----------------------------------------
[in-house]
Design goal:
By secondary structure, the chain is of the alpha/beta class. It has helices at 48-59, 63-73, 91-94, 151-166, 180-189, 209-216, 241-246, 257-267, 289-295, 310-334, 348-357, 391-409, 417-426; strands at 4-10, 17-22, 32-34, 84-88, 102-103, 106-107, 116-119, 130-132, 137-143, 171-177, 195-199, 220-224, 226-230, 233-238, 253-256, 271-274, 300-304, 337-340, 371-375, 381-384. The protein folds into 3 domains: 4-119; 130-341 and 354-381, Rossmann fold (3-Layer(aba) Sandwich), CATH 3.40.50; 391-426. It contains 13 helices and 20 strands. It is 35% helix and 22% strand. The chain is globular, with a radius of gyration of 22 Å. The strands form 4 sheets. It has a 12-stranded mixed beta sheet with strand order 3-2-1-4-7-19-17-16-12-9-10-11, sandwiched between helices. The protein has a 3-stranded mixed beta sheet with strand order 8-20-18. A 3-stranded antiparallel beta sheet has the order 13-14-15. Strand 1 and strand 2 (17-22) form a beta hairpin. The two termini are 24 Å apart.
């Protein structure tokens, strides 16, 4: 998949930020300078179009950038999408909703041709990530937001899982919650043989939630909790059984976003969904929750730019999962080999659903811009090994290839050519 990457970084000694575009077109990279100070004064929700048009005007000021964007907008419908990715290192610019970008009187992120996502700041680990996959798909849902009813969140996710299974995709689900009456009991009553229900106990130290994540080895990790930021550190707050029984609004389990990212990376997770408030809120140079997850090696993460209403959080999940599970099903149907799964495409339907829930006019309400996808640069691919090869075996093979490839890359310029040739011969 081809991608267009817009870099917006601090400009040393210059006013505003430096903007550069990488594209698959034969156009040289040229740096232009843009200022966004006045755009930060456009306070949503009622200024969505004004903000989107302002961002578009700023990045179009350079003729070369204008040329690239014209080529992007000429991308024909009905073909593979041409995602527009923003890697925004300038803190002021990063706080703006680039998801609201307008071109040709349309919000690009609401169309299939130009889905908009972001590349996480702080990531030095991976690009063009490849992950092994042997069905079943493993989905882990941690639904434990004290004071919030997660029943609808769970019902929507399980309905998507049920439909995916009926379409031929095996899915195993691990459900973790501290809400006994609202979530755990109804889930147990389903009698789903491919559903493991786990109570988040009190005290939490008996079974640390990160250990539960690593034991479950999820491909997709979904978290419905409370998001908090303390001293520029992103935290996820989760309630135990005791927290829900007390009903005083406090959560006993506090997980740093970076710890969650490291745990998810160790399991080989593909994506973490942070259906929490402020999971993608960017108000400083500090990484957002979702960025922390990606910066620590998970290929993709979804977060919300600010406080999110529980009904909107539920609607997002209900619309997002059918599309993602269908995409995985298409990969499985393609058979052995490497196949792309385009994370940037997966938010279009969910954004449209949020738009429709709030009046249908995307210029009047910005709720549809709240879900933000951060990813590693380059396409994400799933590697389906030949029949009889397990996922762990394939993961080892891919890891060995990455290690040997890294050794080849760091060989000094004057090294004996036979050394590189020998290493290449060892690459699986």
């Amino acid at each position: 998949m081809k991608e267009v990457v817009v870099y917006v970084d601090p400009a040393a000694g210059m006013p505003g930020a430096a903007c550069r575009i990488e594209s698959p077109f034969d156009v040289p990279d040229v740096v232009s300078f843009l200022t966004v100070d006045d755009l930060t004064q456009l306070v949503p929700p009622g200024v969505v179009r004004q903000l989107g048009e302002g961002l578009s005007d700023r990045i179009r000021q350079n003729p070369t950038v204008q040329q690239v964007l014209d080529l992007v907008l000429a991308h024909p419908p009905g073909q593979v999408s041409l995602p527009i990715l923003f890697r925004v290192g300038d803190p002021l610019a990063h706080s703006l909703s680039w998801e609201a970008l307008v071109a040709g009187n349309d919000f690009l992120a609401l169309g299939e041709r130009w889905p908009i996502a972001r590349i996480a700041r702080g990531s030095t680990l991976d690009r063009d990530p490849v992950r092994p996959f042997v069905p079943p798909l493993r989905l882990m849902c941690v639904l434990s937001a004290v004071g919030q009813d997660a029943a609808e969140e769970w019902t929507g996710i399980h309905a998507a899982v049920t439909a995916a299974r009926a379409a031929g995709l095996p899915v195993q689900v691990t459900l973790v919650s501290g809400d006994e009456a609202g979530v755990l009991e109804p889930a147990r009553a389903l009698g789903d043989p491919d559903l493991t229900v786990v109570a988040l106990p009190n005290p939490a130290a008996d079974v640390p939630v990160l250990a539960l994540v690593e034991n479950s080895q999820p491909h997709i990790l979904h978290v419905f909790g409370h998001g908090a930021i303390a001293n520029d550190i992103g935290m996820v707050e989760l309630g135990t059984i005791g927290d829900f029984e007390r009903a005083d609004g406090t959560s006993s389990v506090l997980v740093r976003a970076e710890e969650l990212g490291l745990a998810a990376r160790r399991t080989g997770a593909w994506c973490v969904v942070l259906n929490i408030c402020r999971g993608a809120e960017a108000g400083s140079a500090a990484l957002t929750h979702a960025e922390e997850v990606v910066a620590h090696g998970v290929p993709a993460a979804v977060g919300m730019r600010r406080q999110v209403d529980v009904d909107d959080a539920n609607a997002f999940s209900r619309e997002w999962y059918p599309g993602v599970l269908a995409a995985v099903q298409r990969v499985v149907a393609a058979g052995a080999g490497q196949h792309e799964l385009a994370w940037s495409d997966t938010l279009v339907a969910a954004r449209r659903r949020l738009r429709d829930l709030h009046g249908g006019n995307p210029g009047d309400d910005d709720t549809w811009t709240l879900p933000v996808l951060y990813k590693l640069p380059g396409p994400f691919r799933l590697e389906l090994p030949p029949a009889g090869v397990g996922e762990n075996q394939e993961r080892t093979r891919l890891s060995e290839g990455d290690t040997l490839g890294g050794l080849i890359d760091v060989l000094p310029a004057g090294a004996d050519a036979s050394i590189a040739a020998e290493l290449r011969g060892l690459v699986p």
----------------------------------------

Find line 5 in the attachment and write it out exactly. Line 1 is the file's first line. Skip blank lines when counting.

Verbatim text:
């Amino acid at each position: 998949m081809k991608e267009v990457v817009v870099y917006v970084d601090p400009a040393a000694g210059m006013p505003g930020a430096a903007c550069r575009i990488e594209s698959p077109f034969d156009v040289p990279d040229v740096v232009s300078f843009l200022t966004v100070d006045d755009l930060t004064q456009l306070v949503p929700p009622g200024v969505v179009r004004q903000l989107g048009e302002g961002l578009s005007d700023r990045i179009r000021q350079n003729p070369t950038v204008q040329q690239v964007l014209d080529l992007v907008l000429a991308h024909p419908p009905g073909q593979v999408s041409l995602p527009i990715l923003f890697r925004v290192g300038d803190p002021l610019a990063h706080s703006l909703s680039w998801e609201a970008l307008v071109a040709g009187n349309d919000f690009l992120a609401l169309g299939e041709r130009w889905p908009i996502a972001r590349i996480a700041r702080g990531s030095t680990l991976d690009r063009d990530p490849v992950r092994p996959f042997v069905p079943p798909l493993r989905l882990m849902c941690v639904l434990s937001a004290v004071g919030q009813d997660a029943a609808e969140e769970w019902t929507g996710i399980h309905a998507a899982v049920t439909a995916a299974r009926a379409a031929g995709l095996p899915v195993q689900v691990t459900l973790v919650s501290g809400d006994e009456a609202g979530v755990l009991e109804p889930a147990r009553a389903l009698g789903d043989p491919d559903l493991t229900v786990v109570a988040l106990p009190n005290p939490a130290a008996d079974v640390p939630v990160l250990a539960l994540v690593e034991n479950s080895q999820p491909h997709i990790l979904h978290v419905f909790g409370h998001g908090a930021i303390a001293n520029d550190i992103g935290m996820v707050e989760l309630g135990t059984i005791g927290d829900f029984e007390r009903a005083d609004g406090t959560s006993s389990v506090l997980v740093r976003a970076e710890e969650l990212g490291l745990a998810a990376r160790r399991t080989g997770a593909w994506c973490v969904v942070l259906n929490i408030c402020r999971g993608a809120e960017a108000g400083s140079a500090a990484l957002t929750h979702a960025e922390e997850v990606v910066a620590h090696g998970v290929p993709a993460a979804v977060g919300m730019r600010r406080q999110v209403d529980v009904d909107d959080a539920n609607a997002f999940s209900r619309e997002w999962y059918p599309g993602v599970l269908a995409a995985v099903q298409r990969v499985v149907a393609a058979g052995a080999g490497q196949h792309e799964l385009a994370w940037s495409d997966t938010l279009v339907a969910a954004r449209r659903r949020l738009r429709d829930l709030h009046g249908g006019n995307p210029g009047d309400d910005d709720t549809w811009t709240l879900p933000v996808l951060y990813k590693l640069p380059g396409p994400f691919r799933l590697e389906l090994p030949p029949a009889g090869v397990g996922e762990n075996q394939e993961r080892t093979r891919l890891s060995e290839g990455d290690t040997l490839g890294g050794l080849i890359d760091v060989l000094p310029a004057g090294a004996d050519a036979s050394i590189a040739a020998e290493l290449r011969g060892l690459v699986p």